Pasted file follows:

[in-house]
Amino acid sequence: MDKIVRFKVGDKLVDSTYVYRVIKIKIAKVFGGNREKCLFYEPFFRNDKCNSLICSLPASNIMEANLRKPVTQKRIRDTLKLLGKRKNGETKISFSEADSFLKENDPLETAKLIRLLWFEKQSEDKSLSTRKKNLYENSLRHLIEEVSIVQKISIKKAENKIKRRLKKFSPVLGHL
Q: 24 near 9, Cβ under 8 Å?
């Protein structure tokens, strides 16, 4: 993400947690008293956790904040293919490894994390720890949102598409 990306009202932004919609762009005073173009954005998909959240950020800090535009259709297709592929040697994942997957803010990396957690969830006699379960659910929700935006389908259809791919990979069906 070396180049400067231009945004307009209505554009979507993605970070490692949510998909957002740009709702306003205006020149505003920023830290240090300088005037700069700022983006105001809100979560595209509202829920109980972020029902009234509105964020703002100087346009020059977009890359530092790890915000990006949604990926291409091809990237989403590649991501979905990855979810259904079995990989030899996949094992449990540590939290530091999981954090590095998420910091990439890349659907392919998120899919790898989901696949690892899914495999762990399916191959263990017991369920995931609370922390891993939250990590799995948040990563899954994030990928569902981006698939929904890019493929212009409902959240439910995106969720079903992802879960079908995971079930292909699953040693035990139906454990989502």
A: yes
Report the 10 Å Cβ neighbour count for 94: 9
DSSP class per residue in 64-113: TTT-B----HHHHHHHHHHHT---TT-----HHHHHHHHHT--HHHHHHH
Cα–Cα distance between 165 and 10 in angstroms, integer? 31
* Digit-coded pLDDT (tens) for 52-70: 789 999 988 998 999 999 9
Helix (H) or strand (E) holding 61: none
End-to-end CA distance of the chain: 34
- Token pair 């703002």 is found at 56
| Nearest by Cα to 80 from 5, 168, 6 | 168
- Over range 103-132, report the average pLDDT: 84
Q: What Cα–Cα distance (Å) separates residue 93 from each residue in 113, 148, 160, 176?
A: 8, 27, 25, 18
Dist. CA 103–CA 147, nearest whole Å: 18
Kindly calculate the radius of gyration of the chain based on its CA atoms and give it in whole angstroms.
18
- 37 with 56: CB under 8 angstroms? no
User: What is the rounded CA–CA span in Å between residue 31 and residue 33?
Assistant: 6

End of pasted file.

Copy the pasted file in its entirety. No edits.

[in-house]
Amino acid sequence: MDKIVRFKVGDKLVDSTYVYRVIKIKIAKVFGGNREKCLFYEPFFRNDKCNSLICSLPASNIMEANLRKPVTQKRIRDTLKLLGKRKNGETKISFSEADSFLKENDPLETAKLIRLLWFEKQSEDKSLSTRKKNLYENSLRHLIEEVSIVQKISIKKAENKIKRRLKKFSPVLGHL
Q: 24 near 9, Cβ under 8 Å?
């Protein structure tokens, strides 16, 4: 993400947690008293956790904040293919490894994390720890949102598409 990306009202932004919609762009005073173009954005998909959240950020800090535009259709297709592929040697994942997957803010990396957690969830006699379960659910929700935006389908259809791919990979069906 070396180049400067231009945004307009209505554009979507993605970070490692949510998909957002740009709702306003205006020149505003920023830290240090300088005037700069700022983006105001809100979560595209509202829920109980972020029902009234509105964020703002100087346009020059977009890359530092790890915000990006949604990926291409091809990237989403590649991501979905990855979810259904079995990989030899996949094992449990540590939290530091999981954090590095998420910091990439890349659907392919998120899919790898989901696949690892899914495999762990399916191959263990017991369920995931609370922390891993939250990590799995948040990563899954994030990928569902981006698939929904890019493929212009409902959240439910995106969720079903992802879960079908995971079930292909699953040693035990139906454990989502």
A: yes
Report the 10 Å Cβ neighbour count for 94: 9
DSSP class per residue in 64-113: TTT-B----HHHHHHHHHHHT---TT-----HHHHHHHHHT--HHHHHHH
Cα–Cα distance between 165 and 10 in angstroms, integer? 31
* Digit-coded pLDDT (tens) for 52-70: 789 999 988 998 999 999 9
Helix (H) or strand (E) holding 61: none
End-to-end CA distance of the chain: 34
- Token pair 């703002």 is found at 56
| Nearest by Cα to 80 from 5, 168, 6 | 168
- Over range 103-132, report the average pLDDT: 84
Q: What Cα–Cα distance (Å) separates residue 93 from each residue in 113, 148, 160, 176?
A: 8, 27, 25, 18
Dist. CA 103–CA 147, nearest whole Å: 18
Kindly calculate the radius of gyration of the chain based on its CA atoms and give it in whole angstroms.
18
- 37 with 56: CB under 8 angstroms? no
User: What is the rounded CA–CA span in Å between residue 31 and residue 33?
Assistant: 6